At Zymergen we are building a data science ecosystem where machine learning algorithms help predict which genetic edits will produce strains with enhanced chemical production. These strains can reduce our reliance on chemicals derived from fossil fuels, in line with Zymergen’s mission to build a sustainable future through biology. We’ve created data pipelines that update machine learning models as new data arrives, then generate new strain recommendations. These recommendations are presented to scientists who submit strain designs to the build team.
Figure 1. Zymergen leverages biology and experimental results to improve microbial chemical production.
Strains are iteratively improved using miniaturized high-throughput experiments. We engineer and test microbe variants in parallel, gather data about their performance, then use this performance data to inform the next round of designs. Strains that look promising at the smallest scale are promoted to larger bench-top fermentation testing. When we find a real winner, the strain graduates to testing in commercial-scale tanks. Microbes that show improvement at commercial scale can help clients save millions of dollars. Our goal is to find these winning strains as efficiently as possible.
Figure 2. Small scale experiments are used to predict large scale performance. Microbes that look promising at the microliter scale are tested in bench-top tanks. Particularly promising strains are tested at industrial scale.
Genome optimization is challenging for a number of reasons. The first reason is that the space we are exploring is enormous, and only partially understood. A typical microbial genome has about 4 million characters of DNA. Of those 4 million base pairs, roughly half of them are associated with genes. And only about half of those genes are associated with known biological functions. Furthermore, even if the function of every gene was known, we would still be a long way from predicting how those genes interact — making it very hard to predict how genetic edits would affect a microbe’s performance.
One way to think about the size of the space we are exploring during genome optimization is to consider how long it would take to exhaustively explore that space. Though we have many ways to perturb a gene in the genome, for simplicity let’s just consider gene deletions. If the genome you are working with has 4,000 genes, perturbing each of them individually is tractable with Zymergen’s high-throughput strain engineering platform. You only need to build and test 4,000 organisms — that’s easy for Zymergen! However, to achieve the performance improvement that our clients require, a single edit simply won’t cut it. Instead we must consider combinations of edits.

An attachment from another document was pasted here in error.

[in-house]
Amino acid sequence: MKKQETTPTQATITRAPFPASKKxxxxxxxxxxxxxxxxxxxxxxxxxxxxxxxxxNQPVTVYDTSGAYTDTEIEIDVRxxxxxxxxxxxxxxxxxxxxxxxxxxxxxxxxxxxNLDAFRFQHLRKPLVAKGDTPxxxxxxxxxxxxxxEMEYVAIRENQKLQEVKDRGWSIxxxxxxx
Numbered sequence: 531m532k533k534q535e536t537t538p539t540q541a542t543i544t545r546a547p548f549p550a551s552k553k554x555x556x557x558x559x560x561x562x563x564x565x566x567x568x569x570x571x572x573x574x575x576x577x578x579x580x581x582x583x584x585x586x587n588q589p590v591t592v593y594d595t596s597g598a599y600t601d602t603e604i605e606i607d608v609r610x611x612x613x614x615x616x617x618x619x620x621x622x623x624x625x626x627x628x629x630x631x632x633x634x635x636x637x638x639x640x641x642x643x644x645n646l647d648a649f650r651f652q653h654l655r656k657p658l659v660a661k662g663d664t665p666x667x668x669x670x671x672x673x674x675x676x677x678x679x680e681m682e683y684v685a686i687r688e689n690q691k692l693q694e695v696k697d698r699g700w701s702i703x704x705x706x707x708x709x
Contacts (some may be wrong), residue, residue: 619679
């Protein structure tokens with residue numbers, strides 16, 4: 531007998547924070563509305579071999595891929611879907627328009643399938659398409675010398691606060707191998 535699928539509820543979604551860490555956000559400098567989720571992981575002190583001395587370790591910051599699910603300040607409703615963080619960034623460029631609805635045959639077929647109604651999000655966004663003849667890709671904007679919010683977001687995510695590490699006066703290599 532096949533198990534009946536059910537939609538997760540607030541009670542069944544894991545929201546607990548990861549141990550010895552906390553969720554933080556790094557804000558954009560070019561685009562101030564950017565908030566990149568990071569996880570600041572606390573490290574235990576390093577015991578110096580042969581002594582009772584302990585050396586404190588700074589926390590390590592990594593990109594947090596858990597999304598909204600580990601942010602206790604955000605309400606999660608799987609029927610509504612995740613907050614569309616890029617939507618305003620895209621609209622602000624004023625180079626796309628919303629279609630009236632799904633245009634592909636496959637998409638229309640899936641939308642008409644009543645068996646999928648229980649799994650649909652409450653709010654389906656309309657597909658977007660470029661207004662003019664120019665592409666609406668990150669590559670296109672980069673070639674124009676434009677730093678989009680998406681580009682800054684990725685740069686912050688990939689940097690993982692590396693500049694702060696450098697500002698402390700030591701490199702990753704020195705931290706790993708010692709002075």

Even if we only wanted to test strains with sets of six simultaneous edits, exhaustive search is out of reach. With 4,000 genes in the genome, you can compute that 4,000 choose 6 is 10¹⁷. If Zymergen could build and test strains at a rate of 1/second, it would still take 10¹⁰ years to explore that space exhaustively. That’s the age of the universe, so that’s not going to work! Instead we need to be smart about what we build and test, so we use biochemical modeling and machine learning to help find improved strains more efficiently. In this post, I will tell you about one of the approaches we use to help us explore this very large search space.
Figure 3. Exploration of the space of possible genetic edits is intractable, so Zymergen uses biology and algorithms to navigate it more efficiently.
Zymergen’s genetic engineering workflow can be explained in terms of analogies to software engineering and git workflows.
Figure 4. Engineering microbes has many analogies to software engineering.